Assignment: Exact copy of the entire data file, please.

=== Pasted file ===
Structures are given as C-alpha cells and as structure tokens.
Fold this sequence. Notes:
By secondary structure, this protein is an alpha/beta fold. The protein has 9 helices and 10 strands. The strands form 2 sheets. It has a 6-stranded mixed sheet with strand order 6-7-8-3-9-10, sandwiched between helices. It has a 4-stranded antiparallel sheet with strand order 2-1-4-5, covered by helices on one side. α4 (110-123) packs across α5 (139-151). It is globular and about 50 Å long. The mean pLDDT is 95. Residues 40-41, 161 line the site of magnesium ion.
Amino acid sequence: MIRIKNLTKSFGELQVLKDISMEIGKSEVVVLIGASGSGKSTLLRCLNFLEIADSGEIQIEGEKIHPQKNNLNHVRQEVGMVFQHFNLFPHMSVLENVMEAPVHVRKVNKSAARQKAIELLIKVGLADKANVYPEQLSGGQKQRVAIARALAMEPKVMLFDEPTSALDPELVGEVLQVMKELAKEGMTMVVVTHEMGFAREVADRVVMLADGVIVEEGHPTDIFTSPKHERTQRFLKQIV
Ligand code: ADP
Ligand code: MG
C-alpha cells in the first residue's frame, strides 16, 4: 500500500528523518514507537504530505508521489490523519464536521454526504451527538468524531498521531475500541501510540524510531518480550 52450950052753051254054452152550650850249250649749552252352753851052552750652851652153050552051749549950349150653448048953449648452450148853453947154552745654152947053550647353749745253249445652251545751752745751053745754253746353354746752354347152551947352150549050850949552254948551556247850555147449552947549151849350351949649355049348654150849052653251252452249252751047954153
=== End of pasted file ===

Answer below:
Structures are given as C-alpha cells and as structure tokens.
Fold this sequence. Notes:
By secondary structure, this protein is an alpha/beta fold. The protein has 9 helices and 10 strands. The strands form 2 sheets. It has a 6-stranded mixed sheet with strand order 6-7-8-3-9-10, sandwiched between helices. It has a 4-stranded antiparallel sheet with strand order 2-1-4-5, covered by helices on one side. α4 (110-123) packs across α5 (139-151). It is globular and about 50 Å long. The mean pLDDT is 95. Residues 40-41, 161 line the site of magnesium ion.
Amino acid sequence: MIRIKNLTKSFGELQVLKDISMEIGKSEVVVLIGASGSGKSTLLRCLNFLEIADSGEIQIEGEKIHPQKNNLNHVRQEVGMVFQHFNLFPHMSVLENVMEAPVHVRKVNKSAARQKAIELLIKVGLADKANVYPEQLSGGQKQRVAIARALAMEPKVMLFDEPTSALDPELVGEVLQVMKELAKEGMTMVVVTHEMGFAREVADRVVMLADGVIVEEGHPTDIFTSPKHERTQRFLKQIV
Ligand code: ADP
Ligand code: MG
C-alpha cells in the first residue's frame, strides 16, 4: 500500500528523518514507537504530505508521489490523519464536521454526504451527538468524531498521531475500541501510540524510531518480550 52450950052753051254054452152550650850249250649749552252352753851052552750652851652153050552051749549950349150653448048953449648452450148853453947154552745654152947053550647353749745253249445652251545751752745751053745754253746353354746752354347152551947352150549050850949552254948551556247850555147449552947549151849350351949649355049348654150849052653251252452249252751047954153